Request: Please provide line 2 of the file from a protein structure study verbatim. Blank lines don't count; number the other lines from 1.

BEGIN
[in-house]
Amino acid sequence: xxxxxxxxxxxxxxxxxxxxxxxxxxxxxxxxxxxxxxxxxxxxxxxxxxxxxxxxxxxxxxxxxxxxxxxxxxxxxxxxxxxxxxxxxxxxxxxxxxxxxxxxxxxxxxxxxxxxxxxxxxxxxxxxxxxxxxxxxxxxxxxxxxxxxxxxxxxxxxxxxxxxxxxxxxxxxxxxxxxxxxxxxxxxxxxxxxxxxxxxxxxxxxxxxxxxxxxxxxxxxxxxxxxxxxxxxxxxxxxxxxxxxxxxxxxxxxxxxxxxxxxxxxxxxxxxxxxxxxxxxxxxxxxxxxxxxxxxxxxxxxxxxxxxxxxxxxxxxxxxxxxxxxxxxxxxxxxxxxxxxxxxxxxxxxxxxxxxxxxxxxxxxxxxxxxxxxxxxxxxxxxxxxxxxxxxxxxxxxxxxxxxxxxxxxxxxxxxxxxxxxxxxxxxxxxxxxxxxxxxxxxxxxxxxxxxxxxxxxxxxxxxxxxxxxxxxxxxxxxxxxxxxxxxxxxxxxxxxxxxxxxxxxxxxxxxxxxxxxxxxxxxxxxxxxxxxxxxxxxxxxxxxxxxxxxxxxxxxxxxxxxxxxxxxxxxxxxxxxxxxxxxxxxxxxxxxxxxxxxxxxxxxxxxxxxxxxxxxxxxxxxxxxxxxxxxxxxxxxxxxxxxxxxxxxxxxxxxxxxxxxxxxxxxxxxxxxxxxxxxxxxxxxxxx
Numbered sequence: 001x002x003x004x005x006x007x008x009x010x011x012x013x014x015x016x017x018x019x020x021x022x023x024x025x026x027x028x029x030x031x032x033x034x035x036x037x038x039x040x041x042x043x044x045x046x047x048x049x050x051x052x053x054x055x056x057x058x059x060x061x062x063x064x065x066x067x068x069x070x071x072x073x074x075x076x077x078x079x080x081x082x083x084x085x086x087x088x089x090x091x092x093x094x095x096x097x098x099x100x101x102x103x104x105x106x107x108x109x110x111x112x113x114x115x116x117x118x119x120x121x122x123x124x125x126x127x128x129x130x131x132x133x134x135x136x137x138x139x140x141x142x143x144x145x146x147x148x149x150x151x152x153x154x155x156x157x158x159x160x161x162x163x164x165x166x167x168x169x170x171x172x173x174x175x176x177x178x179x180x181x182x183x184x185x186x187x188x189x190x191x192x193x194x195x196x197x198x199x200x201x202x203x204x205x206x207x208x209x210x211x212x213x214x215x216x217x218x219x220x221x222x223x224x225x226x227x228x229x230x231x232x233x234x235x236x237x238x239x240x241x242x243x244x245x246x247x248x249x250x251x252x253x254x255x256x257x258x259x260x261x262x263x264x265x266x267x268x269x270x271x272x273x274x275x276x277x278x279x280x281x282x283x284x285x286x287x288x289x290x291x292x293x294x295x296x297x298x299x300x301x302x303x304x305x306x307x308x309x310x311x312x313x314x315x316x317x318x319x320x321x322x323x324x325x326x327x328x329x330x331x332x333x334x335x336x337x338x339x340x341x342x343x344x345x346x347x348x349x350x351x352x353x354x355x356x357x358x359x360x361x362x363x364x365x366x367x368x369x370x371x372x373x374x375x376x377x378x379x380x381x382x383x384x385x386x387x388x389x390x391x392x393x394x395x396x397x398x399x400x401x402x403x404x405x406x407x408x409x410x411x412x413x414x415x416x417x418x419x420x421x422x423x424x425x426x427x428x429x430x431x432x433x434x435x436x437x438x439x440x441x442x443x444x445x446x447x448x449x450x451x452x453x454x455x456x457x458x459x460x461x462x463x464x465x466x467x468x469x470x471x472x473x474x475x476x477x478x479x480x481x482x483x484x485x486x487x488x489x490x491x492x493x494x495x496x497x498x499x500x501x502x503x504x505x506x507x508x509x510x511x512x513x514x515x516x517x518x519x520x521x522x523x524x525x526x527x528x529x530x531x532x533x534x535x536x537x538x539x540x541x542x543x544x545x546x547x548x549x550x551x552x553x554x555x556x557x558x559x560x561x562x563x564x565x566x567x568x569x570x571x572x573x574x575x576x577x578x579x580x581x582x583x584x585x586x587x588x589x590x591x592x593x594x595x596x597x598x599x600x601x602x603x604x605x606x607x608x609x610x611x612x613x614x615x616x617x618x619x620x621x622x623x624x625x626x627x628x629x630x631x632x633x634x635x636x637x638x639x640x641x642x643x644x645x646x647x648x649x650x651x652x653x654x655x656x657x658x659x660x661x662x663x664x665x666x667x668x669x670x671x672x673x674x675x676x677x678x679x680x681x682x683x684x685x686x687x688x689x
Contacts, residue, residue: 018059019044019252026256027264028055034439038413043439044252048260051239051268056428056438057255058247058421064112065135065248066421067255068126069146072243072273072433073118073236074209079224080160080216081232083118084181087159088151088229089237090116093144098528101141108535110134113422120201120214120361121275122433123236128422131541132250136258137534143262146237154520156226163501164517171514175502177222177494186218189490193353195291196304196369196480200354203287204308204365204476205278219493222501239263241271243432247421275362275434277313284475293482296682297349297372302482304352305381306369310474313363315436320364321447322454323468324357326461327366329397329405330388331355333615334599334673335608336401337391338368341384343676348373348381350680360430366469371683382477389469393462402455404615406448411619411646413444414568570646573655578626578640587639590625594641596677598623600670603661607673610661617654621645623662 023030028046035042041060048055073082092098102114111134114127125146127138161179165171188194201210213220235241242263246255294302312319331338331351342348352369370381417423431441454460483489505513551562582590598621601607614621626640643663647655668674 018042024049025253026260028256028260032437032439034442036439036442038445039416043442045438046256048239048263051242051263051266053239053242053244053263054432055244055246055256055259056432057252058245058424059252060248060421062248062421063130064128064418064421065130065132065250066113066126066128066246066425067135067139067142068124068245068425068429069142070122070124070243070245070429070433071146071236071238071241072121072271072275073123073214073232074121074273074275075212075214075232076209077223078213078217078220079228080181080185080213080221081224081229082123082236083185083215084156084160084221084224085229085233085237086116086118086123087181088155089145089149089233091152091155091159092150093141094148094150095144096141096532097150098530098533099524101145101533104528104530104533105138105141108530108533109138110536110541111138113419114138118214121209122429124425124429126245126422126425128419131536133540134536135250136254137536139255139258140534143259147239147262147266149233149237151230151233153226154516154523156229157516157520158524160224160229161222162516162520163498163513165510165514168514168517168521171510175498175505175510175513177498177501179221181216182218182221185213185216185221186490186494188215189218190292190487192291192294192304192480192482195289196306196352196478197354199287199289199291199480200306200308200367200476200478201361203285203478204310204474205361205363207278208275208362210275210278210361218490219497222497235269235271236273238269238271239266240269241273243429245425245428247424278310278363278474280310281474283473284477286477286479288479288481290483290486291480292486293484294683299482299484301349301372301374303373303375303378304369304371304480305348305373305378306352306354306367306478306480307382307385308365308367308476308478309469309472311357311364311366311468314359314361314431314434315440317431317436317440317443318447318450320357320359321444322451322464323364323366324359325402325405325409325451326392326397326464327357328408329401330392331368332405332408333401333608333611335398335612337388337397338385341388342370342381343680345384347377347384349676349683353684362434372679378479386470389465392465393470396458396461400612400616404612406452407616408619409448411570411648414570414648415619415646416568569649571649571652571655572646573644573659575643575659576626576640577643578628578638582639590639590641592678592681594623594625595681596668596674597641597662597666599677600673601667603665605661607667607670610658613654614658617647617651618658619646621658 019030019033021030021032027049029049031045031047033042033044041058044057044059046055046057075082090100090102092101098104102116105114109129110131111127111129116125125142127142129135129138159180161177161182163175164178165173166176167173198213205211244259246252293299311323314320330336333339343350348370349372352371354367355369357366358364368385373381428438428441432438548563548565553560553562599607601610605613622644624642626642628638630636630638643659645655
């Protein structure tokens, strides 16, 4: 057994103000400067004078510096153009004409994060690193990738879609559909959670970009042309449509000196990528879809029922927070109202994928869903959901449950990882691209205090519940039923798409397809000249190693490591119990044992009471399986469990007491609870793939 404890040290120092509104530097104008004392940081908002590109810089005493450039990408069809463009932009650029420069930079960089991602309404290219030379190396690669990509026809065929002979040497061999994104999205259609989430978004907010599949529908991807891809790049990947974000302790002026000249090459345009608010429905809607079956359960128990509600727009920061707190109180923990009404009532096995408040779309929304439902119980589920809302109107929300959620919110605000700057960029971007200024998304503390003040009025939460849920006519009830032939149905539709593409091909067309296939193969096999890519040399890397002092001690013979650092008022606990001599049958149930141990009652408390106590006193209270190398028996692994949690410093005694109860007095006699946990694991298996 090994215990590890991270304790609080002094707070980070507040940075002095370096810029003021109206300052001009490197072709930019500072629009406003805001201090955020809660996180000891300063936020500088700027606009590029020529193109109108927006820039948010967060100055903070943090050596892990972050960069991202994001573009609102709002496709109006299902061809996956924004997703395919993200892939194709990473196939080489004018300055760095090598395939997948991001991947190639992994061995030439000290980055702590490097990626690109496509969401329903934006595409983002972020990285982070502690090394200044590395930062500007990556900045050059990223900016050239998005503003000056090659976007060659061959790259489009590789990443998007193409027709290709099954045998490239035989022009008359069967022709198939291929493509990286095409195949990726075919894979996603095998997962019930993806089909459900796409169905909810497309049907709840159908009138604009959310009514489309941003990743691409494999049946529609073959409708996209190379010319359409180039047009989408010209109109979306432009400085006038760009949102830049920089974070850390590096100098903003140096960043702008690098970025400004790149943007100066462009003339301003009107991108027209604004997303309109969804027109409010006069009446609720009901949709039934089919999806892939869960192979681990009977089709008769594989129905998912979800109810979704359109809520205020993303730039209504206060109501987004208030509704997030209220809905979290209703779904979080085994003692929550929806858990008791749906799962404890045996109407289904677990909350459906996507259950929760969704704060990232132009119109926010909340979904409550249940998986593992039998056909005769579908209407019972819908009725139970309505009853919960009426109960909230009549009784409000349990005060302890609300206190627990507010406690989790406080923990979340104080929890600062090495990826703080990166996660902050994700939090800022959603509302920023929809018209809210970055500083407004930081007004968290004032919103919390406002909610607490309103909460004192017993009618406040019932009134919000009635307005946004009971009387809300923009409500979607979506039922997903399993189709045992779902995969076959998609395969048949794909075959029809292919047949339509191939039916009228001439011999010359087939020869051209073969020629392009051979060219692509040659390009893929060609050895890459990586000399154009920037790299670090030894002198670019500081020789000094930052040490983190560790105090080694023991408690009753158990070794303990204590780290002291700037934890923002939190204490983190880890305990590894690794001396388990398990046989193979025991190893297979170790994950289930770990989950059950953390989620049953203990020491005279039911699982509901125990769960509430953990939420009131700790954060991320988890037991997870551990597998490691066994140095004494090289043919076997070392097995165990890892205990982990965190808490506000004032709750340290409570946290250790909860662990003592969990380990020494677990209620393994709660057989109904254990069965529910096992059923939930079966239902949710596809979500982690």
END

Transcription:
Amino acid sequence: xxxxxxxxxxxxxxxxxxxxxxxxxxxxxxxxxxxxxxxxxxxxxxxxxxxxxxxxxxxxxxxxxxxxxxxxxxxxxxxxxxxxxxxxxxxxxxxxxxxxxxxxxxxxxxxxxxxxxxxxxxxxxxxxxxxxxxxxxxxxxxxxxxxxxxxxxxxxxxxxxxxxxxxxxxxxxxxxxxxxxxxxxxxxxxxxxxxxxxxxxxxxxxxxxxxxxxxxxxxxxxxxxxxxxxxxxxxxxxxxxxxxxxxxxxxxxxxxxxxxxxxxxxxxxxxxxxxxxxxxxxxxxxxxxxxxxxxxxxxxxxxxxxxxxxxxxxxxxxxxxxxxxxxxxxxxxxxxxxxxxxxxxxxxxxxxxxxxxxxxxxxxxxxxxxxxxxxxxxxxxxxxxxxxxxxxxxxxxxxxxxxxxxxxxxxxxxxxxxxxxxxxxxxxxxxxxxxxxxxxxxxxxxxxxxxxxxxxxxxxxxxxxxxxxxxxxxxxxxxxxxxxxxxxxxxxxxxxxxxxxxxxxxxxxxxxxxxxxxxxxxxxxxxxxxxxxxxxxxxxxxxxxxxxxxxxxxxxxxxxxxxxxxxxxxxxxxxxxxxxxxxxxxxxxxxxxxxxxxxxxxxxxxxxxxxxxxxxxxxxxxxxxxxxxxxxxxxxxxxxxxxxxxxxxxxxxxxxxxxxxxxxxxxxxxxxxxxxxxxxxxxxxxxxx